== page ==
14 August 2008 - 0 Comments
The annual SOUNZ Contemporary Award recognises creativity and inspiration in composition by a New Zealander and this year the three finalist works are Remote Presence for solo piano by Chris Cree Brown, Wax Lyrical by Chris Gendall for chamber octet and Requiem Concerto by Peter Scholes for chamber ensemble, solo violin and voices.
The SOUNZ Contemporary Award is New Zealand’s premier composition award attracting a prize of $3000 and a trophy designed and made by Auckland sculptor Sarah Smuts Kennedy. It is a collaborative project of both SOUNZ, the Centre for New Zealand Music and APRA, the Australasian Performing Right Association.
Chris Cree Brown’s Remote Presence was first performed by outstanding Hungarian pianist Peter Nagy in August 2007 in Christchurch. “The work explores the full range of the piano,” Chris notes, “and employs dense chords to produce a harmonic language that creates a predominantly wistful work. At times, however, explosive or more playful sections interrupt the reflective contemplation.” Chris is a senior lecturer in composition at the University of Canterbury’s School of Music and one New Zealand’s well-established composers with works across all genres from orchestral to theatrical, electroacoustic to sonic art.
Chris Gendall, on the other hand, is one of our emerging composers. He was the inaugural winner of the Todd Foundation–NZSO Young Composer award in 2005 and is currently completing a doctorate in composition from Cornell University, USA. “The entire experience has been great,” he confirmed. “Working intensely on my music; teaching and studying for greater academic rigour; and living in the northeast USA – an education in itself!”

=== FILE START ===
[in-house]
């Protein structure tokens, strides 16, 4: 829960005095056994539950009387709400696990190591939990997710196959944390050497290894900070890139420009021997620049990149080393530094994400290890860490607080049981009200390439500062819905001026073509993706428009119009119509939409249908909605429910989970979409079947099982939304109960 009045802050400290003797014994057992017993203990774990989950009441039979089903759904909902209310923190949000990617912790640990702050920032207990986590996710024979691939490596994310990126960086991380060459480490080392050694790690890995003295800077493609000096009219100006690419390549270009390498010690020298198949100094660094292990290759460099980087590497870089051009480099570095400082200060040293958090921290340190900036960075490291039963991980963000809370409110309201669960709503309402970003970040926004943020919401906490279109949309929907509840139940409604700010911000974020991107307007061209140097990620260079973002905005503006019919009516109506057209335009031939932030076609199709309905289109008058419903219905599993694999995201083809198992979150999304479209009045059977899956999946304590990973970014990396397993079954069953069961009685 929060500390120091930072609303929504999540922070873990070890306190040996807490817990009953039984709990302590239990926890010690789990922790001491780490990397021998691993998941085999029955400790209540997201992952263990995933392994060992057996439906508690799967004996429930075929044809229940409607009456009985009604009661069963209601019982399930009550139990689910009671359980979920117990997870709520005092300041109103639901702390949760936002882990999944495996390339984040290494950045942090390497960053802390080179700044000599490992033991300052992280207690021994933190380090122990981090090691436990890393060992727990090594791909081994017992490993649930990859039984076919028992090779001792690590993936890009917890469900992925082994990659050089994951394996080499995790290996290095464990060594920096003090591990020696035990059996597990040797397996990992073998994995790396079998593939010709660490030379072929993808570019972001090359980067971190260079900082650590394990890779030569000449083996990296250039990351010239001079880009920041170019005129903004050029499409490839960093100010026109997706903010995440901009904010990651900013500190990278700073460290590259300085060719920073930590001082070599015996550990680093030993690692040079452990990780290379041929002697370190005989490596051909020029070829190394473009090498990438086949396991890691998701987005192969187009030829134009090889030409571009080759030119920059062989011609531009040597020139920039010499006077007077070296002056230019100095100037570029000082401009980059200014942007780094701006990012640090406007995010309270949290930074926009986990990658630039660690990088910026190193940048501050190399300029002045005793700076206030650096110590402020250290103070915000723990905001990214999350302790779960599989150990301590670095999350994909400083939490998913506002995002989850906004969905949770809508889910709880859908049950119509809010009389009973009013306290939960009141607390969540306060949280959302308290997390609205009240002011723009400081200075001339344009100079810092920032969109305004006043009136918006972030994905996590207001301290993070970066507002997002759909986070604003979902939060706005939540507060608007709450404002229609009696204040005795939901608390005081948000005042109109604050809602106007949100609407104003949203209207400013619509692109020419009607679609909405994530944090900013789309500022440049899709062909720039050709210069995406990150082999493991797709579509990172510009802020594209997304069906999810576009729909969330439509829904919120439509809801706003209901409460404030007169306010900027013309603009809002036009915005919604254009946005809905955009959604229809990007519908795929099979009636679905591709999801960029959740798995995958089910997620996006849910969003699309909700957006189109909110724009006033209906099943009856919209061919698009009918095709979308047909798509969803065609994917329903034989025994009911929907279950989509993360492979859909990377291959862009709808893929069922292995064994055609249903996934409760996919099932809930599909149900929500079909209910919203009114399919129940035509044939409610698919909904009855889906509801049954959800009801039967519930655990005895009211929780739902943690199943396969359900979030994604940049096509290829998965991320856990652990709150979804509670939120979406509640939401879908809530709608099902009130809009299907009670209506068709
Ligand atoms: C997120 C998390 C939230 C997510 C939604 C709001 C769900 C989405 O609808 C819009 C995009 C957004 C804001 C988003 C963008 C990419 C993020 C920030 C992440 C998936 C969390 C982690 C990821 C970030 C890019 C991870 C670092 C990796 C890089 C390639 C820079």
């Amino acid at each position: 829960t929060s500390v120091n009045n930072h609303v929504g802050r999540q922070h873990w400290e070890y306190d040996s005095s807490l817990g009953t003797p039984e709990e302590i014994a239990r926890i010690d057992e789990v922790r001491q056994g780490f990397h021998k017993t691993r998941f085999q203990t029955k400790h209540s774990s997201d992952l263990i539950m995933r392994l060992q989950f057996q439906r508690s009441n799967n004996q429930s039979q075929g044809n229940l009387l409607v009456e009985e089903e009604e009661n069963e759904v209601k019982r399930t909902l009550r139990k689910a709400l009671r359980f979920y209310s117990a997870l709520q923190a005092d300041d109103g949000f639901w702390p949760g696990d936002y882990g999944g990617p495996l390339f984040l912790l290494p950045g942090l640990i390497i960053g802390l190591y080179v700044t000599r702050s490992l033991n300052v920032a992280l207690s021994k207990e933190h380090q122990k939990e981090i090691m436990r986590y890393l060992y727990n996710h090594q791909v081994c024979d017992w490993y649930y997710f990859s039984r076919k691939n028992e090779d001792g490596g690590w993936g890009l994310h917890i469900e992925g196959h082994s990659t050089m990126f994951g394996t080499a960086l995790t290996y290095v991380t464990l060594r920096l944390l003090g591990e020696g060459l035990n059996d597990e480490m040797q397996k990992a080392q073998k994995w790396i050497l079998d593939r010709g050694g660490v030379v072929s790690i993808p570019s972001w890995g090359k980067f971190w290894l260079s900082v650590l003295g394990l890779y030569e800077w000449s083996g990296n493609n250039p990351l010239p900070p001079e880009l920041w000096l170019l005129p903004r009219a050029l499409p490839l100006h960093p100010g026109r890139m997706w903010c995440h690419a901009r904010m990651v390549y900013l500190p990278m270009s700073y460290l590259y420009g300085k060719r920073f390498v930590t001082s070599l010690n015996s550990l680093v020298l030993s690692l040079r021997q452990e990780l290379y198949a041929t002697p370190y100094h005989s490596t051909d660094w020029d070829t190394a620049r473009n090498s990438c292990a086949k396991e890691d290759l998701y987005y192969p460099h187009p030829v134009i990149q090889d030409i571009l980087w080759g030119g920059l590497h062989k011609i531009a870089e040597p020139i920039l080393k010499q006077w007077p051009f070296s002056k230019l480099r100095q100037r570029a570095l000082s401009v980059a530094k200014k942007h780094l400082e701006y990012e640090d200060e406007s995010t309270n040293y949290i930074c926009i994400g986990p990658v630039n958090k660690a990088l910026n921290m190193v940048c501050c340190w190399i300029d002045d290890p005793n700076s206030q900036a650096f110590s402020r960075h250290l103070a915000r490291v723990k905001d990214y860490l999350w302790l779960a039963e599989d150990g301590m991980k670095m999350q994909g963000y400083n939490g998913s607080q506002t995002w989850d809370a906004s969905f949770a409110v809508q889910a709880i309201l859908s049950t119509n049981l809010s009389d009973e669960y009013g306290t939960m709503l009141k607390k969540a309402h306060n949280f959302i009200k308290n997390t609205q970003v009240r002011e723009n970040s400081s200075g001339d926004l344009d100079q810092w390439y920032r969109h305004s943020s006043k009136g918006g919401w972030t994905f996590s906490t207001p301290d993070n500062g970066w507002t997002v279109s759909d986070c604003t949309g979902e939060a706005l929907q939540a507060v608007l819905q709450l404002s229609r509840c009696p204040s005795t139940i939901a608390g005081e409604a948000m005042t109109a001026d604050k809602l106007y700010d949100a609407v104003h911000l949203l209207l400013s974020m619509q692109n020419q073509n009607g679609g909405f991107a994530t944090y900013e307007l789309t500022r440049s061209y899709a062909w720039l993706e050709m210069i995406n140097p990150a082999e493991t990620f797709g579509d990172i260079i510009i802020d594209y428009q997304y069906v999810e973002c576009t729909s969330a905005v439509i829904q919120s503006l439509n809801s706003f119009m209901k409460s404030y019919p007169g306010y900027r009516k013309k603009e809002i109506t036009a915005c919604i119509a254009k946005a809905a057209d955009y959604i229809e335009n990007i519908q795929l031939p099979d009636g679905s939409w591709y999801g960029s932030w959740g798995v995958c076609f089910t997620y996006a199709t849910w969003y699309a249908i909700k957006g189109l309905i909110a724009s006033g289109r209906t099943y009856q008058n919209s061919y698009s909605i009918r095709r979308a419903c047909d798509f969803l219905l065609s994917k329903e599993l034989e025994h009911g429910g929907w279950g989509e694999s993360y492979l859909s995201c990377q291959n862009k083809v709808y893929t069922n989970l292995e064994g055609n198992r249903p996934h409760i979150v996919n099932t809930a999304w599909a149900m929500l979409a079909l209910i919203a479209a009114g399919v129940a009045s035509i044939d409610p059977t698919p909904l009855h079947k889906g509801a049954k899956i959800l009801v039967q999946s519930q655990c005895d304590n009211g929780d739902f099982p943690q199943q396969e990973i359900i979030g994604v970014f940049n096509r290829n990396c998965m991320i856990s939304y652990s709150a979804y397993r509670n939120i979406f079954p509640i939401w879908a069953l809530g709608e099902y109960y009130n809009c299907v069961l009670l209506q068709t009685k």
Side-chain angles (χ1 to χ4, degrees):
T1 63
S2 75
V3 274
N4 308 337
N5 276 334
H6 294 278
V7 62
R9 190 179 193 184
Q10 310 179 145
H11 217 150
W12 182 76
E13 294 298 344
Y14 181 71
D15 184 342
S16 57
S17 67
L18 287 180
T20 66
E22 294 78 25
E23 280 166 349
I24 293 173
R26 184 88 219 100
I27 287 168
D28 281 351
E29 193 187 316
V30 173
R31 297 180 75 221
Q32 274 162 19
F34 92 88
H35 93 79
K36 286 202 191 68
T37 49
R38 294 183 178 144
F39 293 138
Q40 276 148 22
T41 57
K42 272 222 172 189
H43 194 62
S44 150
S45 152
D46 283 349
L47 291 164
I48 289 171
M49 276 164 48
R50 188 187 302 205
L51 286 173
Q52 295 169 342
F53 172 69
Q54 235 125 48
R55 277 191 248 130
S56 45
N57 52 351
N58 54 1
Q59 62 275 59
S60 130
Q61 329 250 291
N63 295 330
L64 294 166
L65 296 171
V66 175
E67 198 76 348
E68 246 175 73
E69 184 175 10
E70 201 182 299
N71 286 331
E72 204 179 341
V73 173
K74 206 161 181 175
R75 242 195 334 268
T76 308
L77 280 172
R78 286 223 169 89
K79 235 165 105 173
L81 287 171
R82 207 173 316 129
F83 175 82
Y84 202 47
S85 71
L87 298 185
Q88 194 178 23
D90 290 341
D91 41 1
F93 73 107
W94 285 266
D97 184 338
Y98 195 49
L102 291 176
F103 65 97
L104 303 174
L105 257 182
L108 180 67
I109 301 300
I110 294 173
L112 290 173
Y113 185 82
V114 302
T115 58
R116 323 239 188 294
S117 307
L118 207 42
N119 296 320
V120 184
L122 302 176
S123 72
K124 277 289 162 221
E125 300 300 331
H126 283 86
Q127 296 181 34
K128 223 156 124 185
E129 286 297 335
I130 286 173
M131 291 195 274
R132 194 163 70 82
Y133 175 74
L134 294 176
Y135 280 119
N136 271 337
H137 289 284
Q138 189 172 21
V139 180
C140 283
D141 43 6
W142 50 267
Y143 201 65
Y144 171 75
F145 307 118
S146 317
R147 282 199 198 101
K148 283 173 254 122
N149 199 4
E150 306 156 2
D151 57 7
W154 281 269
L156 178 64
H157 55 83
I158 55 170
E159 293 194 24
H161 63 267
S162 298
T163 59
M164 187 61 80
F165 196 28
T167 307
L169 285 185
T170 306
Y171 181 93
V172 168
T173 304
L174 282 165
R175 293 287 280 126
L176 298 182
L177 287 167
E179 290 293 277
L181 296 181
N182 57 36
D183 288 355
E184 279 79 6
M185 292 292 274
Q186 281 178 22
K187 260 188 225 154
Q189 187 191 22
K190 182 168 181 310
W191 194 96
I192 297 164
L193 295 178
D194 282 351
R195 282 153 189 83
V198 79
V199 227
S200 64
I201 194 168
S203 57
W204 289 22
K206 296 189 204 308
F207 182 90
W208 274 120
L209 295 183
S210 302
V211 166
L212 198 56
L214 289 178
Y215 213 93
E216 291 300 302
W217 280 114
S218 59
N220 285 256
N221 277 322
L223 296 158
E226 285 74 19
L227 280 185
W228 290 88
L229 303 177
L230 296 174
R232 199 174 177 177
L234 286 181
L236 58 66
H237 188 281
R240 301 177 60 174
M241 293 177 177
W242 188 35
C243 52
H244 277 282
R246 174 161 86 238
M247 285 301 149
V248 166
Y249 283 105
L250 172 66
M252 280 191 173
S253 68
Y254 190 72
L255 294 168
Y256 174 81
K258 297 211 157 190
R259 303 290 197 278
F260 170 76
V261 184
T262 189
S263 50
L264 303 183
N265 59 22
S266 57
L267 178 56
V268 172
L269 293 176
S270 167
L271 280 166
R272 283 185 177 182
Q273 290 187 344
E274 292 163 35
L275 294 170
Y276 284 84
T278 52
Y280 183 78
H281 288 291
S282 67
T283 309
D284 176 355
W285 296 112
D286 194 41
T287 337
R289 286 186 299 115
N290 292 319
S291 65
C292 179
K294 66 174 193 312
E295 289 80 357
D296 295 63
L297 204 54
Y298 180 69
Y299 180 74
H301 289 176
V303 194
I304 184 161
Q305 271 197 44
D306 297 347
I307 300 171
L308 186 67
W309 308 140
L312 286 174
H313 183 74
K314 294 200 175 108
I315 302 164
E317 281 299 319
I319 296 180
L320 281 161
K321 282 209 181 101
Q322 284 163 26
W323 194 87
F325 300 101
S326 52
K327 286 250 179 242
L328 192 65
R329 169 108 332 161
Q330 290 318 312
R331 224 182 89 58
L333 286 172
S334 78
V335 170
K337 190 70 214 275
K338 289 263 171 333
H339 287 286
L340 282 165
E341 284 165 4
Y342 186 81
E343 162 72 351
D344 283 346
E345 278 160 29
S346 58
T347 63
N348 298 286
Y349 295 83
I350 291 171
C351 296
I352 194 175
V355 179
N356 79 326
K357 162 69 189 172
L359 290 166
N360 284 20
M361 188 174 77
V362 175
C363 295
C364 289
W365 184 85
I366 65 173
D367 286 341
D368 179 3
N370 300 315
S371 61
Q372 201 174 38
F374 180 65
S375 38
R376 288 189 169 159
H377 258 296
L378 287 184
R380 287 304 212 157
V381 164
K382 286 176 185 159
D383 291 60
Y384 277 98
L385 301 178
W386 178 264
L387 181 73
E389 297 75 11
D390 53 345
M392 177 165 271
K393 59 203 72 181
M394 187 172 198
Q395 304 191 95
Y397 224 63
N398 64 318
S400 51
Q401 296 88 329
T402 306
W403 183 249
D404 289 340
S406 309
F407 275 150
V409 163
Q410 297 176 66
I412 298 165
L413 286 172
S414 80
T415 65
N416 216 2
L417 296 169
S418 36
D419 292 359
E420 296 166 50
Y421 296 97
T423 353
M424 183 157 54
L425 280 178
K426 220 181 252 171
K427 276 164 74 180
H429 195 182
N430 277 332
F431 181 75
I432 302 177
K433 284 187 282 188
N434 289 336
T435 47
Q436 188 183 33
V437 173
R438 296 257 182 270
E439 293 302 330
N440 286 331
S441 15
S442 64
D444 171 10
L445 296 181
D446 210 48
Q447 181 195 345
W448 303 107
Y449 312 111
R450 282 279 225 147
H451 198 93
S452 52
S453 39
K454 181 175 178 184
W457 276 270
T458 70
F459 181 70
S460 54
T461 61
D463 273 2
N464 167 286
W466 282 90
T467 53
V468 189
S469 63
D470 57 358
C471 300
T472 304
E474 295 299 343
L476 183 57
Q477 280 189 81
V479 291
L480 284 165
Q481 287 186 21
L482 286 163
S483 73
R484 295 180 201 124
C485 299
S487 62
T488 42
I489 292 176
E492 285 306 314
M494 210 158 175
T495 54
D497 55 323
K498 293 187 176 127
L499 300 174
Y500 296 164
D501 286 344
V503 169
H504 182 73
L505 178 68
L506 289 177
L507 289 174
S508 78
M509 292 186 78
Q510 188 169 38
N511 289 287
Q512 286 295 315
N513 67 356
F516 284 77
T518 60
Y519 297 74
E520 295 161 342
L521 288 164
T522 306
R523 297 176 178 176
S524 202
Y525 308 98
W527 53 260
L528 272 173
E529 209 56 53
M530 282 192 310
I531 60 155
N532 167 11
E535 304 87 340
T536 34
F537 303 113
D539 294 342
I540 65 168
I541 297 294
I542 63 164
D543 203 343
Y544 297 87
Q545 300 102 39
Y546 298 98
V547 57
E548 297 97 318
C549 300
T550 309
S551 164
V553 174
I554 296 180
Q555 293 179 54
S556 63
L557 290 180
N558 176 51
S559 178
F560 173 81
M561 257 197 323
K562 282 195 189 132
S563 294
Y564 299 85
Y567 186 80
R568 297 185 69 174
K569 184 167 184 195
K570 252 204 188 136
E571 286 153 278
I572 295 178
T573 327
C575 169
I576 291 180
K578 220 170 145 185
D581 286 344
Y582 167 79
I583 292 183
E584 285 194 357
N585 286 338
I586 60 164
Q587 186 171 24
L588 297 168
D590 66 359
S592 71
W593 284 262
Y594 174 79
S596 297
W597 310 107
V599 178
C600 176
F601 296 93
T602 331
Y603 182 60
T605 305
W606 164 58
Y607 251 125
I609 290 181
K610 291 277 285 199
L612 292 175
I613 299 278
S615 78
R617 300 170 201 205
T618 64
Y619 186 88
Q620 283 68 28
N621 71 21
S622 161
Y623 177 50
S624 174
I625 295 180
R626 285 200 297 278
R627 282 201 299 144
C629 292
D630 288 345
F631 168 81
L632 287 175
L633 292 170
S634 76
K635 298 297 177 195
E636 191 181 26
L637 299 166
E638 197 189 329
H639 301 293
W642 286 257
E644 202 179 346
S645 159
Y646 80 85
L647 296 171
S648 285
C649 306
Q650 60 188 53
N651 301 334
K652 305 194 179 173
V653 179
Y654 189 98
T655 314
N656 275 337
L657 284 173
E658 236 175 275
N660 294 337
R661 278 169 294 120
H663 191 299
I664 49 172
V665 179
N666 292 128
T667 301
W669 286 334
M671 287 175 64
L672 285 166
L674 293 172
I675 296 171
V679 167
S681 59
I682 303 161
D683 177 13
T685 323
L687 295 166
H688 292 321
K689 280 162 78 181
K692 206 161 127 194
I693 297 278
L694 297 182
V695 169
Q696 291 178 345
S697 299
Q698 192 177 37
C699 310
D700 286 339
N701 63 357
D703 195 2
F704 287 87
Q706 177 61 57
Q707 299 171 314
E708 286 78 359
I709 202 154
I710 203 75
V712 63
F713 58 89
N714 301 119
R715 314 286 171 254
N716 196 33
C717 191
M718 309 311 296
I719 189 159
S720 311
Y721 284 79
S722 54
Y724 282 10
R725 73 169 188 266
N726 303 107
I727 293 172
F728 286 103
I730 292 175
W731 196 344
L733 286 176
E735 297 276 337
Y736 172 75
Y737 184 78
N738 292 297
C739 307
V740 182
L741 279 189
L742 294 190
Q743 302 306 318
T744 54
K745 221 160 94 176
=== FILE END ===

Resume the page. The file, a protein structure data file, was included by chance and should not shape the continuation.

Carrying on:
His Wax Lyrical for an octet of flute, clarinet, harp, piano, and string quartet was commissioned by American ensemble Brave New Works with funding from the Mellon Foundation. Brave New Works first performed the work in a series of concerts across New York State in April this year.
Requiem Concerto by Peter Scholes is a major work for chamber orchestra with solo violin, treble voice, mezzo-soprano and two sopranos. It was written in memory of his first wife Katherine Harris, a violinist with the Auckland Philharmonia Orchestra. Of the work, Scholes says that “the violinist is the protagonist whose melodies, rhythms and wide ranging emotions counterpoint the voices whose music is always lyrical and simple.” The Requiem Concerto is in eight sections and was first performed by the Auckland Chamber Orchestra conducted by the composer with Dimitri Atanassov (violin), Patricia Wright, Morag Atchison (sopranos), Carmel Carroll (mezzo) and Wilson Downes (treble).
“The jury were impressed by both the diversity and emotional range shown among the 18 works submitted this year,” said Scilla Askew, Executive Director of SOUNZ. “There was a great deal of lively debate before they were able to settle on these three finalists: three works which are so very different from each other. It once again demonstrates the depth of talent amongst our composers.”
The winner of the SOUNZ Contemporary Award will be announced at a special APRA-hosted event in Auckland on Wednesday, 10 September along with the winners of the 2008 Maioha and 2008 APRA Silver Scroll Awards.
Thanks to www.sounz.org.nz for this story.
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